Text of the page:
Sunday, June 28, 2009

Foodbuzz 24, 24, 24: MyEpiKorean Fusion Fire & Fry

A MyEpiKorean Special Event Featuring Summer EatsFusion Fire & Fry

What better way to enjoy a sunny, breezy Southern California summer day than an outdoor cookfest with friends and family? Since this is my first post after a roughly year-long hiatus, I thought it would be nice to feature an old recipe in addition to introducing some new ones in a special MyEpikorean Fusion Fire & Fry event. This special event, funded generously by FoodBuzz, marks a new direction for MyEpikorean.

battering chicken

Our summer menu featured the following:

- Marinated, fried chicken and kochujang barbeque dipping sauce

- Sweet potato & Okinowan yam french fries with kochujang-garlic-kalamanzi aioli

- Barbequed corn

- Grilled purple onions & korean hot peppers

- Whole roasted garlic cloves (to be eaten with fries & aioli)

- Pressure-cooked brown rice (blended short grain and sweet rice)

- Modified version of my Super G Salad (everything is the same except the gogi berries were replaced with Persian green raisins)

- Chilled makkoli (malty, farmer-style, unrefined Korean rice wine)

- Kalimanzi bars

- Black sesame ice cream with whipped cream

Kalamanzis, also known as calamansis or Panama orange, and kochujang, Korean fermented hot red pepper paste, were a running theme throughout the dishes. The kalmanzis added a fragrant zip to aioli and was the star of the desserts. And kochujang added a hot kick to the barbeque sauce and aioli.

In this particular post, our main course of special marinated and deep-fried chicken with sweet potato and Okinowan yam fries are balanced by plenty of those yummy anti-coagulents, such as whole roasted garlic, grilled purple onions and pepper, ginseng, gingko and of course, alcohol! We even give your stomach a head start as the apple cider, vermouth, garlic, onion, and pineapple juice in the marinade break down the enzymes of the chicken, tenderizing it.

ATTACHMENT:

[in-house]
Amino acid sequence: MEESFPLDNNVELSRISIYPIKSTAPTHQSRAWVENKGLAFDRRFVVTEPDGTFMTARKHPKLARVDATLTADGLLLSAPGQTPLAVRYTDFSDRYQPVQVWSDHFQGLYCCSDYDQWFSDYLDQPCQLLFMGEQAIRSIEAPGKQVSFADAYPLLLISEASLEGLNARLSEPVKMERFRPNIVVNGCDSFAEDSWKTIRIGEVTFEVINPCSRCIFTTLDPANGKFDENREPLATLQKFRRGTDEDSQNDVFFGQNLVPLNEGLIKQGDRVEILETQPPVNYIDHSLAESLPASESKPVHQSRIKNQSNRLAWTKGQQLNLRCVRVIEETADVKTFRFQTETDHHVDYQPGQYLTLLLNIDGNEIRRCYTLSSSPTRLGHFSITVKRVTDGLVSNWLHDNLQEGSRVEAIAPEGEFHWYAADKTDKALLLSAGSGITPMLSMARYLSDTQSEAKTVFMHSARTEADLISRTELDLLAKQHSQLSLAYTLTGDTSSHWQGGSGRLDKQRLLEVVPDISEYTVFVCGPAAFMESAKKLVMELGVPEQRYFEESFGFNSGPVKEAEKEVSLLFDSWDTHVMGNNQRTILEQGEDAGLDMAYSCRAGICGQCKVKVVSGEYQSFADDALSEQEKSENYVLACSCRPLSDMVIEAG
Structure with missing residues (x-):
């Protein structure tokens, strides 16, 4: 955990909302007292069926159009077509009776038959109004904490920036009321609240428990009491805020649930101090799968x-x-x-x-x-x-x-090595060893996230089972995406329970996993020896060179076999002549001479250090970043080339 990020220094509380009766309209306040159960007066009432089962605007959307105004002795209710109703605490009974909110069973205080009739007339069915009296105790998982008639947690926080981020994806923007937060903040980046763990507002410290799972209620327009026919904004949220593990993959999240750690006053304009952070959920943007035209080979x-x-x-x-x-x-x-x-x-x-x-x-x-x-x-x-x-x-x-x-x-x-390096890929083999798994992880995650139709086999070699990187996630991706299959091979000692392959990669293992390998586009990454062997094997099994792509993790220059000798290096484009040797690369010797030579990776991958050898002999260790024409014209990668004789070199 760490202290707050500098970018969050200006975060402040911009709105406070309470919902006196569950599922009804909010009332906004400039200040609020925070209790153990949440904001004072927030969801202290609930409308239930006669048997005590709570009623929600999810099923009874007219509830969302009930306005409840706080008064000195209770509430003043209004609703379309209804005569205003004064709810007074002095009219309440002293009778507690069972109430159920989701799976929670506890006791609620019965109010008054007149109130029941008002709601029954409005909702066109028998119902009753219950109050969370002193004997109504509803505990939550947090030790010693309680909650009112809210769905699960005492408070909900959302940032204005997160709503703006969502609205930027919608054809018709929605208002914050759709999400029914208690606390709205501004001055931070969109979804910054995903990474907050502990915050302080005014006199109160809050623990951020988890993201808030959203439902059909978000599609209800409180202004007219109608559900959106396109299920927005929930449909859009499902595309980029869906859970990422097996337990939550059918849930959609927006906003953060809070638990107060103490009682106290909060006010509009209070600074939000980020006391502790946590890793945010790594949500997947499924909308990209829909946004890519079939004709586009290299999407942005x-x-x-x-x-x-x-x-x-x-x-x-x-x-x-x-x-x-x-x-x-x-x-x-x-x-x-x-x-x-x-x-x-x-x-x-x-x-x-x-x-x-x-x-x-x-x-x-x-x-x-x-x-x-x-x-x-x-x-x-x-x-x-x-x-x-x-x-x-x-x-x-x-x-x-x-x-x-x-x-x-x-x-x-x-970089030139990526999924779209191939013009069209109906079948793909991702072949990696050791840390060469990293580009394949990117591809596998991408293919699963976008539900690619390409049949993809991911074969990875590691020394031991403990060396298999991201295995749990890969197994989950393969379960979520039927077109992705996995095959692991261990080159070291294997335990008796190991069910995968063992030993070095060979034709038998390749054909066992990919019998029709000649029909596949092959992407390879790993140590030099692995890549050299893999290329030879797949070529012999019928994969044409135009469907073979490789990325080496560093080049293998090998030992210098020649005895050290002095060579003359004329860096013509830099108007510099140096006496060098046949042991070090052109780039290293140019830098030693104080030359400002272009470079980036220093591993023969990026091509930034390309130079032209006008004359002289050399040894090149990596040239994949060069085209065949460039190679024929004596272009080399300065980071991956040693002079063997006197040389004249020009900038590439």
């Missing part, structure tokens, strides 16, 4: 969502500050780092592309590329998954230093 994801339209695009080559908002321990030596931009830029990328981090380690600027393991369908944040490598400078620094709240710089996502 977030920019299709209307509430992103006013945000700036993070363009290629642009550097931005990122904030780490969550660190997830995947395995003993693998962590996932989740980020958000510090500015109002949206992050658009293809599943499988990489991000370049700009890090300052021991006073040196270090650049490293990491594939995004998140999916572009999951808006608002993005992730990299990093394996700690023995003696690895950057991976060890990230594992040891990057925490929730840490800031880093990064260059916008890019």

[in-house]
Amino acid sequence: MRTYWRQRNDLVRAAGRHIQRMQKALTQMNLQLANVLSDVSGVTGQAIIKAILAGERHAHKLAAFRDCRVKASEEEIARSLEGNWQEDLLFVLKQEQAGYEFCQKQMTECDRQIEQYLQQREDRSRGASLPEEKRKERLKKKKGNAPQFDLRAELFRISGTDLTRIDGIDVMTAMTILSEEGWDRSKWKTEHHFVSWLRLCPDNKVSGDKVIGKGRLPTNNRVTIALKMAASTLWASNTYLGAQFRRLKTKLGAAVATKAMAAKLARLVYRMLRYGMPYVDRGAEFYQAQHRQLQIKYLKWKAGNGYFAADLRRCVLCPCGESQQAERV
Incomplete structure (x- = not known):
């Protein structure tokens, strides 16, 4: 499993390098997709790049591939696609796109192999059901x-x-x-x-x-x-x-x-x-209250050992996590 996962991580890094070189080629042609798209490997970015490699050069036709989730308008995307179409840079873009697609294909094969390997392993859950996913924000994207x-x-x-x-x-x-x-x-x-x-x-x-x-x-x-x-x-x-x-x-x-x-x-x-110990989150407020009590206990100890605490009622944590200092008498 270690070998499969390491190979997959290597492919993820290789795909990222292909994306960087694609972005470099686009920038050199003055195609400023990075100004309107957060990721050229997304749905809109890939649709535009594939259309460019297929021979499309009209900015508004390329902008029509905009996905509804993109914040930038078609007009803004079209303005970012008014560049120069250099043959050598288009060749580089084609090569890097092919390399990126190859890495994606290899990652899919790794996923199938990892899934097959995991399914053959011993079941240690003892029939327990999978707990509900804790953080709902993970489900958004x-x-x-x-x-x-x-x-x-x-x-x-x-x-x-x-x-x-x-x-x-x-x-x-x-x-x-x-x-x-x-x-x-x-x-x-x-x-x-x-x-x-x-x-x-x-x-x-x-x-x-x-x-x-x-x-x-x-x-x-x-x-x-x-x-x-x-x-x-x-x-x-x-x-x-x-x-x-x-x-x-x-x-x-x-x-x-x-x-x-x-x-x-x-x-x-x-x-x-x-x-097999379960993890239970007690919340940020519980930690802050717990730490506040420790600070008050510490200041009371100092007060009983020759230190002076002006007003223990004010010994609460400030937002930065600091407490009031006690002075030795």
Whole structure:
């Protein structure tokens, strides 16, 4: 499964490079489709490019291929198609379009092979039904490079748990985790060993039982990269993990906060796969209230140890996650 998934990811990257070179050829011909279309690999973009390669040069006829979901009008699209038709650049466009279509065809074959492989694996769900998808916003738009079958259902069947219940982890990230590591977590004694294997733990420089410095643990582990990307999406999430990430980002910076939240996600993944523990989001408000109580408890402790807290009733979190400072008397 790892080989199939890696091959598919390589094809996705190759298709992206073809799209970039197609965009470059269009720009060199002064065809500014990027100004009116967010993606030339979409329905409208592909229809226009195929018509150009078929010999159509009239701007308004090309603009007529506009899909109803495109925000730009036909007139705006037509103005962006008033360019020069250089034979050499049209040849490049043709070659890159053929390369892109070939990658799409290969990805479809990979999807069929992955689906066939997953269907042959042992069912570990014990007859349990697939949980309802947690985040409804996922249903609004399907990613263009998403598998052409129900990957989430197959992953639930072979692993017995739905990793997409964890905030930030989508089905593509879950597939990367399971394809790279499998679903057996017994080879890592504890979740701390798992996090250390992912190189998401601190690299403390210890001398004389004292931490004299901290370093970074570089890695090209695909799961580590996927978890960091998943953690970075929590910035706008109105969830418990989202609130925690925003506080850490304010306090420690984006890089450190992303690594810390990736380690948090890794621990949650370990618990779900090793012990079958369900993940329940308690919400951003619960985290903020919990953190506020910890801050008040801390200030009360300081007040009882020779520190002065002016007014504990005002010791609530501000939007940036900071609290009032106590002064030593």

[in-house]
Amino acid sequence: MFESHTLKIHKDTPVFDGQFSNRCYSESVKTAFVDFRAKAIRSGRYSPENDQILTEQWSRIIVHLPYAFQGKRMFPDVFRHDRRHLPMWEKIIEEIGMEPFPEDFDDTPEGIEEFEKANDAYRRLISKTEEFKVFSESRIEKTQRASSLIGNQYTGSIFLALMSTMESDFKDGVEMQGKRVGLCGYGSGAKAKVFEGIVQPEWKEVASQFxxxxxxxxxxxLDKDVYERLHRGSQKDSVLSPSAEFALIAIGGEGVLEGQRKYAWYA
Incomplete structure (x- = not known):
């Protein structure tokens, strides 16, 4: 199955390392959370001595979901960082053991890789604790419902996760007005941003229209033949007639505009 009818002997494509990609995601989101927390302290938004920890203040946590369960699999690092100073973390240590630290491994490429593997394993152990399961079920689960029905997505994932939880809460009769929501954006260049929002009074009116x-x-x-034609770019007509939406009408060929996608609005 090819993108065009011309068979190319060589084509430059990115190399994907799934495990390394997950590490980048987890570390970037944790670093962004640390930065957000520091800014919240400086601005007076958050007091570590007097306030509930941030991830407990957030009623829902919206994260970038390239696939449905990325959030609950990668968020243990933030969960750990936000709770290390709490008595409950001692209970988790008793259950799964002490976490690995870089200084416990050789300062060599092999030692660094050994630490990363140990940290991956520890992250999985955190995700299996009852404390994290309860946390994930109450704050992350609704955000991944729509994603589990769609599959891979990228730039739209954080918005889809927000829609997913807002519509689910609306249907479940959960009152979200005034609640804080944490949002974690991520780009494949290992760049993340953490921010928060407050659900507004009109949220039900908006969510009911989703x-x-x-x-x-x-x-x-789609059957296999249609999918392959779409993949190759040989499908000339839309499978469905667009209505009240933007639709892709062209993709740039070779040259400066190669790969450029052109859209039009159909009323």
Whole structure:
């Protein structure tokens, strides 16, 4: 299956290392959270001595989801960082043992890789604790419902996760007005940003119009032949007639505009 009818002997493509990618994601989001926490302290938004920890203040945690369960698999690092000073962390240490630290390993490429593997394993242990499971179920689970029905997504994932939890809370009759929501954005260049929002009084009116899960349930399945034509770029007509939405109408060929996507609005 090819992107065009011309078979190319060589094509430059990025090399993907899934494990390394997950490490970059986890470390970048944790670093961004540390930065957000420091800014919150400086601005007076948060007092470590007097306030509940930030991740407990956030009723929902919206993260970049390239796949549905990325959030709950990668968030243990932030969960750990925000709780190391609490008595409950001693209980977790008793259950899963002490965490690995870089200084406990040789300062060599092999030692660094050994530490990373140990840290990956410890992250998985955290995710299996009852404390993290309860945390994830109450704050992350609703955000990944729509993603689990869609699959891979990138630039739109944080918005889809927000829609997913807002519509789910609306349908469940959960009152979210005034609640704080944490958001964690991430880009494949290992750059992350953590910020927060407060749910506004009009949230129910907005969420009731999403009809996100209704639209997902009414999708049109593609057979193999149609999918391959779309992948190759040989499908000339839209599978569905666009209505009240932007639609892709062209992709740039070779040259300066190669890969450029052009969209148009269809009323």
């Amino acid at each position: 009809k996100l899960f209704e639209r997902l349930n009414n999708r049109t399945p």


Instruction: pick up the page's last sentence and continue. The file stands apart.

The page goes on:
frying chicken

We had two versions of chicken. The first was marinated chicken, battered in sweet potato starch and deep-fried. The second version was the same, except dipped in a kochujang barbeque sauce and grilled. chicken It was nice to have two different versions because we could dip the fried chicken in the kochujang-kalamanzi-garlic aioli or as much or as little kochujang barbeque sauce as our heart desired. I marinated the chicken for over two nights because of my kitchen situation (it is out-of-commission due to remodeling) and had to borrow a kitchen in order to prepare the chicken. I was crazy enough to skin and fillet three whole chickens + a pack of thighs (roughly 15 lbs of chicken), partly because I wanted the carcasses for soup but also because they were on sale. aioli Once I peeled the skin, cut the fat, and removed the bones, these fifteen pounds reduced to about 5 ½ lbs of chicken. You can save yourself a lot of grief by buying pre-prepared chicken. Make sure that the chicken is fresh by checking the date. You can marinate the chicken over one night instead of two, but at the very least, you need to marinate it for a few hours. If you find that you made too much chicken, simply place the extra chicken with marinade in a zip-top baggy and freeze. I usually put as much chicken in the bad as I intend to serve/eat for the week. The day before I want to cook the chicken, I pull it out of the freezer and stick it in the fridge.